Projected path of Typhoon Yutu as it moves westward en route to a direct strike on the northern Philippines, 28 October 2018. Graphic: The Weather Channel

28 October 2018 (The Weather Channel) – Typhoon Yutu has weakened but remains a powerful Category 3 storm as it moves westward en route to a direct strike on the northern Philippines.

Yutu is expected to continue weakening as it moves westward toward the Philippines but should still be a potent Category 2 or 3 equivalent typhoon when it nears land early Tuesday (Monday EDT), local time.

Yutu is known as Rosita in the Philippines.

Destructive winds will likely spread through the northern Philippines as Yutu moves through on Tuesday. Heavy rain could also cause life-threatening flooding and mudslides. […]

Yutu is the strongest super typhoon to pass near Saipan and Tinian in NOAA's historical database.

Yutu left behind major damage in Saipan and Tinian in what is being called the worst case scenario for the islands. [more]

Typhoon Yutu (Rosita) Expected to Make Direct Strike on Northern Philippines


On the island of Saipain, a damaged home and a large tree snapped in half by Typhoon Yutu, 24 October 2018. Photo: MaggieAnn670 / Twitter

By Bob Henson
25 October 2018

(Weather Underground) – Widespread devastation came to light on Thursday after the overnight rampage from Super Typhoon Yutu, which struck the U.S. territory of the Northern Mariana Islands as a Category 5 storm with 180 mph winds. Yutu passed directly over the island of Tinian (population about 3100 as of 2010), putting the largest of the islands, Saipan (population about 48,000), on the storm’s fierce northern side. Yutu’s 180-mph winds put it in a tie with Super Typhoon Mangkhut as the strongest storm on Earth so far this year. Yutu made landfall at an intensity rarely observed; only four tropical cyclones in world recorded history have hit land with winds stronger than 180 mph.

Earth's strongest tropical cyclones at landfall, 1935-2018. The strongest tropical cyclones at landfall in world history, according to data from the National Hurricane Center (NHC) and Joint Typhoon Warning Center (JTWC). Ominously, 7 of the 10 strongest landfalls in recorded history have occurred since 2006, so we've been updating this graphic far more frequently than we’d like to in recent years! Yutu’s landfall with 180 mph sustained winds on Tinian in the U.S. Northern Mariana Islands is tied as the fifth strongest landfall ever recorded globally. The only stronger landfall in the U.S. or its territories was the 1935 Labor Day hurricane in the Florida Keys, with 185 mph winds. Note that NHC supplies specific landfall intensity data, while the JTWC does not. Thus, the JTWC landfall intensities above are from the last 6-hourly position point of the tropical cyclone before landfall. Graphic: Weather Underground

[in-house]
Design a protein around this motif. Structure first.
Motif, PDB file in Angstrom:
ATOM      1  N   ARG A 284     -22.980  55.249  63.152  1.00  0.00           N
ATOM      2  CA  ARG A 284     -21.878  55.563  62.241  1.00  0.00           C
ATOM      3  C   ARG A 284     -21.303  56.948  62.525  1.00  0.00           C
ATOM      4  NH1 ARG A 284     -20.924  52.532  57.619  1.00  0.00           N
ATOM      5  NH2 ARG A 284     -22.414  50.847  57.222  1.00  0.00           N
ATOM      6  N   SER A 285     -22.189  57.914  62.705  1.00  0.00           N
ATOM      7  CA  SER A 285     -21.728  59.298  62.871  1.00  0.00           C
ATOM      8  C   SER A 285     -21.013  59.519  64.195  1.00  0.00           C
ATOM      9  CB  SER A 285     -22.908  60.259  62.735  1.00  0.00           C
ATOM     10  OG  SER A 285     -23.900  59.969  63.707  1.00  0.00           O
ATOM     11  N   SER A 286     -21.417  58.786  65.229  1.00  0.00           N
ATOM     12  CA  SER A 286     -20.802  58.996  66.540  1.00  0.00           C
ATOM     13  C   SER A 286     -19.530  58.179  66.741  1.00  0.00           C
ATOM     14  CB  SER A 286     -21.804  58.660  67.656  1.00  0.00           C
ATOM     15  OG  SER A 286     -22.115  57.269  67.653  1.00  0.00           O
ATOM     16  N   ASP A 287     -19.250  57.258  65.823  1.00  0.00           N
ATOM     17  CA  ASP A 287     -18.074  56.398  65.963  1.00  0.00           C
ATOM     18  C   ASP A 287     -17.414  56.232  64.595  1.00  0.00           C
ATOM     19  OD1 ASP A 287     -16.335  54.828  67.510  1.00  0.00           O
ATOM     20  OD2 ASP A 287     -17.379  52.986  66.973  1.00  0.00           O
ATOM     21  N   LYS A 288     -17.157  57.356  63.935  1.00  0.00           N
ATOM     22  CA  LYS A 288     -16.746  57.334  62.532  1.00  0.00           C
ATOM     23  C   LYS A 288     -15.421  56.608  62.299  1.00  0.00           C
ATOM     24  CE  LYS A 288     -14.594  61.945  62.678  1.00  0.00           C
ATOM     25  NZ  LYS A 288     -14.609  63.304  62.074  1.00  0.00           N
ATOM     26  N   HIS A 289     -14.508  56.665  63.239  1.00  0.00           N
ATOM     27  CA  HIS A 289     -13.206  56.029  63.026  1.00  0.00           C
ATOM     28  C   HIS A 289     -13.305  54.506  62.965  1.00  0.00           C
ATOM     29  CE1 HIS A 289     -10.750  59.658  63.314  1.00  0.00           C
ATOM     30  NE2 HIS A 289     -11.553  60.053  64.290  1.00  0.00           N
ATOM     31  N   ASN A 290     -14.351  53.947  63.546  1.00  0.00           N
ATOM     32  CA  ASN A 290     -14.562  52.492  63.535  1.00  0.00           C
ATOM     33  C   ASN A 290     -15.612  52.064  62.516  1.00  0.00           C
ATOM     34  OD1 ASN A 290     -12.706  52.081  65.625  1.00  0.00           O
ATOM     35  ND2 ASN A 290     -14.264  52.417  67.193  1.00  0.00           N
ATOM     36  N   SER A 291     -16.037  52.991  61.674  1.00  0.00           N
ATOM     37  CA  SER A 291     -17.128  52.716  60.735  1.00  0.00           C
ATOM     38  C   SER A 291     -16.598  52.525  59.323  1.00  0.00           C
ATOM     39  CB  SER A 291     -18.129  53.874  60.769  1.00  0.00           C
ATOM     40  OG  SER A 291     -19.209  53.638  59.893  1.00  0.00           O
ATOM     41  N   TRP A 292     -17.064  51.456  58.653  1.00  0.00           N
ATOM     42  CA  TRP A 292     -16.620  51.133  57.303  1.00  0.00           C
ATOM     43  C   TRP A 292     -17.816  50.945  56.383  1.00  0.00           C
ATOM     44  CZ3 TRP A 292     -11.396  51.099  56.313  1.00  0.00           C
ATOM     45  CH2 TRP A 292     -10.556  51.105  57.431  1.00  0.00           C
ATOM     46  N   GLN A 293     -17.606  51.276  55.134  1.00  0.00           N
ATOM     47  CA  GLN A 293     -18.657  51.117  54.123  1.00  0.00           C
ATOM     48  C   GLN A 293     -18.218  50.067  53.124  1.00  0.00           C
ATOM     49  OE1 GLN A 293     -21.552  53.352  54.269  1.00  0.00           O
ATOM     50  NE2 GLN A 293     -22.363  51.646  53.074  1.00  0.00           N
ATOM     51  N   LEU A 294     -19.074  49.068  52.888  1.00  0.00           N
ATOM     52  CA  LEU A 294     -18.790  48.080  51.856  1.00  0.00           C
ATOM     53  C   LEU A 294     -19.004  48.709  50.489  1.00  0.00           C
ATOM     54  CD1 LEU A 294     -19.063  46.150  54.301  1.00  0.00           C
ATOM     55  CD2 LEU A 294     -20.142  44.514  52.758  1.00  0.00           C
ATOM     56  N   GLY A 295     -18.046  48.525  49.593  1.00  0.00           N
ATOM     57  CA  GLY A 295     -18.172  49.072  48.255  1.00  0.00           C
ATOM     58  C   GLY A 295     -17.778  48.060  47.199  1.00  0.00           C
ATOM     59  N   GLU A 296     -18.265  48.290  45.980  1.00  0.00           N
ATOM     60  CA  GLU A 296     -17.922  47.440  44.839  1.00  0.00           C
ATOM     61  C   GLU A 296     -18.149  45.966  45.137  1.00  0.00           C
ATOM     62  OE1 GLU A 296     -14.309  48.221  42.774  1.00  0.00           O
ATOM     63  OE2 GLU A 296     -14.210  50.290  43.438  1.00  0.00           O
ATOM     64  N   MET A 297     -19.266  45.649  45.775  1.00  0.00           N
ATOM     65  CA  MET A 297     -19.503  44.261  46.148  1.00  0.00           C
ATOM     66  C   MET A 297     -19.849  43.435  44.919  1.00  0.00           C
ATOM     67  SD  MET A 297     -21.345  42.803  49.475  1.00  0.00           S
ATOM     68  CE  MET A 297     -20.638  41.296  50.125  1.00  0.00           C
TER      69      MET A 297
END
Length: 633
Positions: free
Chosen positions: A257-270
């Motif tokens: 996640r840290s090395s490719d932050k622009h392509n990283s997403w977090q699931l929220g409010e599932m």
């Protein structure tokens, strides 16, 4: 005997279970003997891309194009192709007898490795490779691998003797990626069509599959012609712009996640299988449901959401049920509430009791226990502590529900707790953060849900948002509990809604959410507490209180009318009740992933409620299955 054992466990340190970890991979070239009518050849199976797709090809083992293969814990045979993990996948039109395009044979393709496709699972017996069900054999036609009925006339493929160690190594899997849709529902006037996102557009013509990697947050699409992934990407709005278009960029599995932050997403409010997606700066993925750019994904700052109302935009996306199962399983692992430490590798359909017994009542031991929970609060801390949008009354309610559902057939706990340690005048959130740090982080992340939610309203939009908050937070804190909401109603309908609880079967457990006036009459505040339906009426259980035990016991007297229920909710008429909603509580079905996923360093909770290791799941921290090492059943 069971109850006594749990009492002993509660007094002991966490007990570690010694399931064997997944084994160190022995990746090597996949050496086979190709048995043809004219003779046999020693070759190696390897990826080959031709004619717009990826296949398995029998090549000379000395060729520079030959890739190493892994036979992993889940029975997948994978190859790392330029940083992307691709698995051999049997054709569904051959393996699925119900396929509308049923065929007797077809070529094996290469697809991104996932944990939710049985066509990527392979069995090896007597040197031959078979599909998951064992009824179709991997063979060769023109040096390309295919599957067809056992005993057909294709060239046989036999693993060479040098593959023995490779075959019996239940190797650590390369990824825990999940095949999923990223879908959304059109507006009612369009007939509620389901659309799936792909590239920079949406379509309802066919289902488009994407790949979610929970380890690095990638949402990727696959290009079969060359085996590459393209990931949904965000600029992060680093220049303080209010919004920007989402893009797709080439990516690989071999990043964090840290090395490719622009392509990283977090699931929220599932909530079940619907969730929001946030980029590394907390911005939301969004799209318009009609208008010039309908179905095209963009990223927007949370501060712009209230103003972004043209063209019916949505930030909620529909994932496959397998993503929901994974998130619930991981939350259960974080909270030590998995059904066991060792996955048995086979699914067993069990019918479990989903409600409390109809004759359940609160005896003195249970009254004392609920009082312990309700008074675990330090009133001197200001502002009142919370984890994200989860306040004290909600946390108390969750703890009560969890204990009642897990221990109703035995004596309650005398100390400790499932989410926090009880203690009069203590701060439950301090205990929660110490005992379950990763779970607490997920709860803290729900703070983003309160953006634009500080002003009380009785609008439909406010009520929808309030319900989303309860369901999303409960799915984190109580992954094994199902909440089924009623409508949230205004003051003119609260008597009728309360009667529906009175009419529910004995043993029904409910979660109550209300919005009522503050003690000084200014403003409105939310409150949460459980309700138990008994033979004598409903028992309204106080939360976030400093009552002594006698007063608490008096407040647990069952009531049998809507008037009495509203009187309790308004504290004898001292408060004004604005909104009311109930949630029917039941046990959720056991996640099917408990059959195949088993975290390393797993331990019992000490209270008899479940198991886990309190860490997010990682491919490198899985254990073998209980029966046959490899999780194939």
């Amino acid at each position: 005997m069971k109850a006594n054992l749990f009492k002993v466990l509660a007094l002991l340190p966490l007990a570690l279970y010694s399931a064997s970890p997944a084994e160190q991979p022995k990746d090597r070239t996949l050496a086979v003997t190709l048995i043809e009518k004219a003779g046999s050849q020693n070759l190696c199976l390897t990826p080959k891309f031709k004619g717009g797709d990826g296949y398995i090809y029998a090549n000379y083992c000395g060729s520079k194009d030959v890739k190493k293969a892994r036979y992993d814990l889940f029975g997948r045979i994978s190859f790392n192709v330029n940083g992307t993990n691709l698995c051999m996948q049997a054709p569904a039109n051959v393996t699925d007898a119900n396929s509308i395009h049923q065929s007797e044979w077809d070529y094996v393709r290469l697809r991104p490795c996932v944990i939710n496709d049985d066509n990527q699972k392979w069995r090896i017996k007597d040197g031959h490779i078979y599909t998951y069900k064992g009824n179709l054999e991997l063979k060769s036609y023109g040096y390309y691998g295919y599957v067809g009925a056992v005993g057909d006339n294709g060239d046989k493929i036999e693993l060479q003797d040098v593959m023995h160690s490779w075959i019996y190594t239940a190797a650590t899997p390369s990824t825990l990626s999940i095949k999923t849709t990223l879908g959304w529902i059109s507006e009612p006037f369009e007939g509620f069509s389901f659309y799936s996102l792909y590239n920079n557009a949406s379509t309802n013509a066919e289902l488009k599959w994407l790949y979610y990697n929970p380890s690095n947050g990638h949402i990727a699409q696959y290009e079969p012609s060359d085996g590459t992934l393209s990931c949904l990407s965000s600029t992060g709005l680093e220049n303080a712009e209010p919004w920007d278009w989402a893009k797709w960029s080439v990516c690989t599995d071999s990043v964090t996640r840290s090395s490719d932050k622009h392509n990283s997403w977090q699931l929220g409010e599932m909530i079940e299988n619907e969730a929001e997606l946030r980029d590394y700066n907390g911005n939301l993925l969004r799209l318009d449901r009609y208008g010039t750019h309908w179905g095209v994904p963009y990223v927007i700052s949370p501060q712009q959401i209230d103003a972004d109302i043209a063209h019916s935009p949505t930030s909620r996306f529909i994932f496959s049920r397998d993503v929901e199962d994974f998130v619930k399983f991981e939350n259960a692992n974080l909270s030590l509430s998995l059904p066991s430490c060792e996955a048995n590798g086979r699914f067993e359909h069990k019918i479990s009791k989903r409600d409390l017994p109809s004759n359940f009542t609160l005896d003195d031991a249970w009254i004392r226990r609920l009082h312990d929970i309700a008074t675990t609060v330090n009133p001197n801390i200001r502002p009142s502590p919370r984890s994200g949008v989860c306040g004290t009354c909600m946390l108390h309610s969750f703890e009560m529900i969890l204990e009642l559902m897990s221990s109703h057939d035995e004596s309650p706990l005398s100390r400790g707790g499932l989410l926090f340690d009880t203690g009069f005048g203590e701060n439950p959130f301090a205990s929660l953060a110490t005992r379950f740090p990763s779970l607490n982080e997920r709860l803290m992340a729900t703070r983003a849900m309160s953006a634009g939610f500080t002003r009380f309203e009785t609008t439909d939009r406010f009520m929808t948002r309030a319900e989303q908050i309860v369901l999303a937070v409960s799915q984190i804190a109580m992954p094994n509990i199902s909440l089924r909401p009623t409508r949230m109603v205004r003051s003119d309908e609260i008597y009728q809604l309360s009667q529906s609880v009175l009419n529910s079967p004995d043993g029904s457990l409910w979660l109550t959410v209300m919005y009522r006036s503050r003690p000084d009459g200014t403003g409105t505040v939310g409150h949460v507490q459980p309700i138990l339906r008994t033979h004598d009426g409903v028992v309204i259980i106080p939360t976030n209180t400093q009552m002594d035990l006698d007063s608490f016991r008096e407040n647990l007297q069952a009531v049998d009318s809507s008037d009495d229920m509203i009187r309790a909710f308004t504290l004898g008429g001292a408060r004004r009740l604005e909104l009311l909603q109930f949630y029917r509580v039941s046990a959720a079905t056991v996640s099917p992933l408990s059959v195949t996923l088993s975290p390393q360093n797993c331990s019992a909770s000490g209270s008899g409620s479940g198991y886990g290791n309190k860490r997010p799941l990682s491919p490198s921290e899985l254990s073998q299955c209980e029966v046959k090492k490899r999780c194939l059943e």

One death has been reported by the territorial governor’s office: a woman who sought refuge on Saipan in an abandoned building. Little has been heard from Tinian and nearby Rota, according to Gregorio Kilili Camacho Sablan, who represents the U.S. territory in Congress. Tinian’s mayor, Joey Patrick San Nicolas, told Reuters: "Many homes have been destroyed, our critical infrastructure has been compromised, we currently have no power and water at this time and our ports are inaccessible … We probably won’t have power for months.” San Nicolas added that it took four months to restore power after Typhoon Soudelor in 2015. That typhoon officially struck the south end of Saipan Island as an intensifying Category 2 storm but may have been as strong as Category 4 by that point.

See weather.com for frequent updates on Yutu’s damage in the Northern Marianas Islands. [more]

Saipan Ravaged by Yutu: Photos and a First-Hand Account

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